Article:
The Salina Journal from Salina, Kansas on June 5, 1998 · Page 25
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The Salina Journal from Salina, Kansas · Page 25

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Salina, Kansas
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Friday, June 5, 1998
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Page 25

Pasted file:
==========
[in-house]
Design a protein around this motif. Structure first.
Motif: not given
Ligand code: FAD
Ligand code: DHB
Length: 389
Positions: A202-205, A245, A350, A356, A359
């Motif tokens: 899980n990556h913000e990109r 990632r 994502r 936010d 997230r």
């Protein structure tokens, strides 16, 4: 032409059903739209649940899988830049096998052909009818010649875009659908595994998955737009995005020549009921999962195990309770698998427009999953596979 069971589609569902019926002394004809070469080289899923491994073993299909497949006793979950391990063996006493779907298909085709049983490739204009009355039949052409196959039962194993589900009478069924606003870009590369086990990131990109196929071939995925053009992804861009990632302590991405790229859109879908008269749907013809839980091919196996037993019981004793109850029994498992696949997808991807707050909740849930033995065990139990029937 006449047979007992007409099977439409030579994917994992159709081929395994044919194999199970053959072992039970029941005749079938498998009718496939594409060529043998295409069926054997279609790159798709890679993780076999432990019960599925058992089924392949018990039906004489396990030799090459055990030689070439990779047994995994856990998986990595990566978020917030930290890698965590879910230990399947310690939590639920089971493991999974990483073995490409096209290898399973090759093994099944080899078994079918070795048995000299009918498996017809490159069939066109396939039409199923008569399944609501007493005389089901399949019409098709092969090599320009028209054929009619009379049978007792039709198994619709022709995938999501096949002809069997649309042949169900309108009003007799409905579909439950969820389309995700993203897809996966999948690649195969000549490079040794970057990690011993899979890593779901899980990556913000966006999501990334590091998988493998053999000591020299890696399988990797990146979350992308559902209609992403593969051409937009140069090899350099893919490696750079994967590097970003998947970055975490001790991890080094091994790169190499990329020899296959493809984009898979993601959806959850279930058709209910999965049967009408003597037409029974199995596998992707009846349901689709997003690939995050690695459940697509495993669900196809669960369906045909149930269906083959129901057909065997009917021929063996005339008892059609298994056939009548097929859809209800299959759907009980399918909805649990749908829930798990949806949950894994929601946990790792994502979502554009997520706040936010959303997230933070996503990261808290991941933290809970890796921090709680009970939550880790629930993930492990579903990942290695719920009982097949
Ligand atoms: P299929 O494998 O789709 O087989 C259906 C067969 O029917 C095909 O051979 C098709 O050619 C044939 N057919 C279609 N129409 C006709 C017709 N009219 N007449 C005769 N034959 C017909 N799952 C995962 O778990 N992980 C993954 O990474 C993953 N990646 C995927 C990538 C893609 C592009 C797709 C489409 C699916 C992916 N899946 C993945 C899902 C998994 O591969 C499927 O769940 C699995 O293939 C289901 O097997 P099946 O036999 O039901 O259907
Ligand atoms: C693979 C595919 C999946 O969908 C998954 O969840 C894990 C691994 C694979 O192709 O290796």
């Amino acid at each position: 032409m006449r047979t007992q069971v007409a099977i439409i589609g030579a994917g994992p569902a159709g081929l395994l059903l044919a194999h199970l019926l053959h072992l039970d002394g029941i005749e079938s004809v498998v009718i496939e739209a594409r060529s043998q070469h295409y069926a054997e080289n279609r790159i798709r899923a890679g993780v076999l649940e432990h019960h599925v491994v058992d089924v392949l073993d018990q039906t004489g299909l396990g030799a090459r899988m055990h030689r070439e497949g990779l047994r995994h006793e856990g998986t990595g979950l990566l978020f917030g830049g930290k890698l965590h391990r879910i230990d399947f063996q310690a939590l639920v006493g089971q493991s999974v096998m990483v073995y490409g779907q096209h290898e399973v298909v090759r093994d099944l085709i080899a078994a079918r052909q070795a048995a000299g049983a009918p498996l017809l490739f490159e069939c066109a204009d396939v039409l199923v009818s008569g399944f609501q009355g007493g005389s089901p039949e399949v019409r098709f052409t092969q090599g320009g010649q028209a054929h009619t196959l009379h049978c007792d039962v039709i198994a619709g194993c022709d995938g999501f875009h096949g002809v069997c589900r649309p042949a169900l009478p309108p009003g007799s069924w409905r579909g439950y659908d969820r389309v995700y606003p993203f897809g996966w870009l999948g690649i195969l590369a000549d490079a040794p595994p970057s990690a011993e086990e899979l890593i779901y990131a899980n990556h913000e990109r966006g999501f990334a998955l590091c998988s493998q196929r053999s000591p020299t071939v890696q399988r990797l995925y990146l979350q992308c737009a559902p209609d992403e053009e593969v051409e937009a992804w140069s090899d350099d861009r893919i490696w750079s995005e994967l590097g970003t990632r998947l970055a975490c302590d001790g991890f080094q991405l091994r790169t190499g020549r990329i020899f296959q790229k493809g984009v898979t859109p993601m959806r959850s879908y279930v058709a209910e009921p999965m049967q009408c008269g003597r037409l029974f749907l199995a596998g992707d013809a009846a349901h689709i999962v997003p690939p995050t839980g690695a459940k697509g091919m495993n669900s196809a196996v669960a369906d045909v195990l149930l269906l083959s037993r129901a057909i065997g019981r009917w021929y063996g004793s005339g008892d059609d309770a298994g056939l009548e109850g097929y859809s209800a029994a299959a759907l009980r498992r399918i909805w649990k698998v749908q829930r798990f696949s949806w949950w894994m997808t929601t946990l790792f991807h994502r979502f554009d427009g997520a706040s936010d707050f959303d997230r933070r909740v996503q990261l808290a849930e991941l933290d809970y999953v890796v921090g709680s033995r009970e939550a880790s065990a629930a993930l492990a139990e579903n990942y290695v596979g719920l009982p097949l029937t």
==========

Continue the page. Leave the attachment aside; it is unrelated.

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i ALMOST HEROES ** CENTRAL RATED PG-13 Chris Farley and Matthew Perry lead a bickering, brawling and bumbling crew of misfits and miscreants on a trail of comic misadventure straight into historic oblivion. IBULWORTH *** 1 / 2 ^ID-STATE RATED R • «•' i ^warren Beatty plays a California senator who f -sickens of the political process, flips out and buys a contract on his own life. Expecting to die, he begins to say what he thinks. The movie is outrageous and politically incorrect. 1 CITY OF ANGELS *** CENTRAL RATED PG-13 « 'jsijcolas Cage stars as an angel and Meg " "Ryan is a heart surgeon who, in a moment of ^despair, can see him. They fall in love. IMPACT CENTRAL RATED PG-13 A comet is headed for Earth and will destroy all life unless a space crew can blow it up first. ^Robert Duvall, Tea Leoni, Elijah Wood and •Morgan Freeman star. • GODZILLA ; *v 2 CENTRAL RATED PG-13 • The much-hyped monster finally lumbers into i view, but creates too few thrills along the way. \- IrTcludes Matthew Broderick. II THE HORSE WHISPERER : *** ^CENTRAL RATED PG-13 ; Kristin Scott Thomas drives her daughter and ; her horse, who were spooked after a riding accident, West in search of a legendary horse ' trainer (Robert Redford). Too long, but redeemed by the majestic settings. ^ HOPE FLOATS !:** £ CENTRAL RATED PG-13 p Sandra Bullock learns on a talk show that !'-' her husband is cheating on her with her ; best friend. Devastated, she flees with her • daughter to her Texas hometown, where her mother (Gena Rowlands) tries to fix her up with an old boyfriend (Harry Connick Jr.). M MAJOR LEAGUE 3 * SUNSET RATED PG-13 Needless remake of an average film. ! A PERFECT MURDER *** CENTRAL RATED R Michael Douglas is a greedy investor, Gwyneth Paltrow is his cheating wife, Viggo Mortensen is a lusty young artist, and when •the markets melt down there's a $100 million trust fund at stake. Another example of the Fatal Basic Genre, about sex between bad people who live in good houses. Effective as a nasty little machine to keep us involved and disturbed. I PRIMARY COLORS **** SUNSET RATED R This savvy film looks at a presidential hopeful -and his wife who resemble certain White House inhabitants. The movie moves effort- from satire to something far deeper. SLIDING DOORS ** 1 /2 MID-STATE RATED PG-13 jGwyneth Paltrow appears in nearly every -frame of this romantic comedy and proves she has enough warmth to compensate for the movie's many contrivances. THE TRUMAN SHOW **** CENTRAL RATED PG Jim Carrey gives an effective performance as a man who doesn't realize the fundamental truth about his life (a secret the movie's ads are doing their best to spoil). Ed Harris co-stars as the mastermind pulling the strings. The movie is comic and unexpectedly poignant. I WELCOME TO SARAJEVO *** ART CENTER CINEMA RATED R Based on the experiences of reporter Michael Nicholson, this film puts a human face on ..news from Sarajevo about snipers, orphans 'land ethnic cleansing. The movie tells the story :p'f a British war correspondent's attempts to -smuggle a 9-year-old girl out of Bosnia. : From Wire Service Reports encore! WHAT'S HOT / D2 EXHIBITS / D2 WHAT'S GOING ON / D4 D HOUSE RICHAE MORROW/Salina Journal Christian group's edge appeals to secular listeners By DAVID CLOUSTON The Salina Journal | here is no limit to the ways the Bible inspires Christian songwriter Bryan Stephenson. But not every lyric he writes is about the crucifixion, prophets or some other biblical event. Many songs Stephenson writes witness faith and spirituality in everyday life, such as walking through a rainstorm or talking over coffee. The lyrics are delivered in a hard-driving style that resonates with secular and nonsecular audiences alike — the same audiences that listen to REM, Stone Temple Pilots and Toad the Wet Sprocket. This is the musical boundary lead vocalist Stephenson and lead guitarist Nick Johnson, cofounders of the band No One's Judge, hope their music crosses. "I have the greatest respect for all Christian artists, but often there's a lack of ability to not be cheesy," Stephenson said. "If they wrote from the heart what they loved, I think you would find more Christian bands that would be OK for secular radio. A lot of the (record) labels are opening up to more creative Christian artists, instead of the ones that want to say the same cheesy cliches over and over again." The success of the band Jars of Clay, with its groundbreaking Top 40 hit "Flood," has Festival Jam organizer Steve Hanson excited about introducing Salina to No One's Judge, another Christian band poised for national chart recognition. A year after the release of its debut CD "Are You Listening?" No One's Judge, from Kansas City, will take to the Oakdale Park stage Thursday night as one of three new groups in this year's Festival Jam. Along with No One's Judge, jam viewers will get a taste of ska music from first-time performers Flanagan's Dawgs, and funk and blues music from Walrus, both young Salina bands. The five members of No One's Judge plan to work on a second CD this summer. Songs from "Are You Listening?" have played on Kansas City radio stations. The group also was a headliner for the National Catholic Youth Conference at Kansas City's Bartle Hall, and it will be fea- Festival Jam • WHAT: Sixteen local and area bands performing at the annual Smoky Hill River Festival Jam • WHEN: 6 p.m. Thursday • WHERE: Oakdale Stage in Oakdale Park • COST: A Smoky Hill River Festival button is required. Buttons cost $5 in advance or $7 at the gate. tured at this summer's Spirit Fest in Kansas City. "These guys are just so musically tight," said Hanson, owner of SM Hanson Music, 335 S. Clark, who founded the jam 14 years ago. "They've got punch. That's just so important." More and more of Hanson's guitar students are taking up the instrument to play in their churches, he said. The quality of such church praise bands, both in musicianship and lyric writing, has much to do with the crossover success of the music, he believes. No One's Judge began similarly nearly four years ago when Stephenson and Johnson, while both were in high school, were asked by their church youth leader to write songs and perform. They named their group one night as they were fumbling through the Bible and ran across Matthew 7:1-2, which talks about how no one but God has the right to judge anyone else — a cool message, they thought. No One's Judge includes Stephenson on lead vocals and rhythm guitar, Johnson on lead guitar and backup vocals, Steve McKinney on bass, Jason Green on drums and keyboardist Luke Brodine. BreAnn King, who provided lead vocals, violin and rhythm guitar on "Are You Listening," will perform on the second CD and may make occasional appearances with the band, Stephenson said. The band members' ages range from 18 to 20. All have had formal musical training, and each has been playing music for more than 10 years. Brodine has played piano since age 6 and is studying music composition at the University of Kansas. Stephenson's belting rock vocal style was developed young. "I was one of those headphone singers, you know, when you're a kid listening to Skid Row or Motley Crue, and you sing," he said, with a laugh. "My mom — I think I was in sixth grade or so — when she figured out I liked to sing." His mom soon put him into vocal lessons. Later on, Stephenson was dancing at a school dance and began singing along with the music. "And this girl said, 'I like your voice,' " he recalled. "And I thought, hmmmm. Maybe I can use this." See JAM, Page D3 T CINEMA Carrey moves carefully in role choices File photo Jim Carrey Is attempting to break out of his comic mode in "The Truman Show." Actor's previous break with comedy failed to live up to studio's expectations By The New York Times Paramount Pictures began early press and sneak screenings of "The Truman Show" months ago, hoping to get out the word that this was not another slapstick Carrey movie along the lines of "Ace Ventura: Pet Detective" or "Dumb and Dumber." The studio was successful at building considerable audience awareness and positive word-of-mouth. Esquire ran an advance story calling "The Truman Show" "the movie of the decade." Paramount was also testing the waters to find out how to market the film, mindful of the relative disaster that occurred when Carrey first tried a satire, the dark "The Cable Guy." That 1996 movie finally managed to make $100 million worldwide, far less than anticipated. Carrey's fans — those who loved him in slapstick films — were not pleased with his portrayal of a character in whom the comedy was scary and strange. "It's just a shooting gallery sometimes," Carrey said. "It's just your time to go in front of the guys with the guns. It was politics, a lot of things. And then there was the money that had never been heard of before." Carrey got an unprecedented $20 million to star in "The Cable Guy." Since "The Cable Guy," Carrey has apparently expanded his fan base with "Liar Liar," which appealed to a more mature audience than "Ace Ventura." But that's no guarantee "The Truman Show" will succeed. "The concern of the studio is not so much his fans," director Peter Weir said. "We're more concerned with peo- ple who don't like Jim Carrey." It's rare for a director to admit before a movie opens that there may be some people who won't like it. Carrey does have a cautious side when it comes to choosing his movies. "I want to read carefully," he said. "I don't want to do everything. I'm not the type of person who has to work all the time. I don't really define myself by being the most busy person. If I could have a beeper-free world, I would." But he's not easily deterred from a project in which he's interested. " A 'The Truman Show' was one of the best scripts I'd ever read," he said. Asked if he is eager for the day when he'll be doing straight dramatic roles, rather than just comedy, Carrey gives a verbal shrug: "Sure." "If I get the opportunities to show other sides of myself, that's fantastic, and I appreciate it. But I think my comedy is just as important." SUGGESTIONS? CALL JIM HAAG, ENCORE! EDITOR, AT (785) 823-6363 OR 1-800-827-6363 OR E-MAIL AT sjjhaag@saljournal.com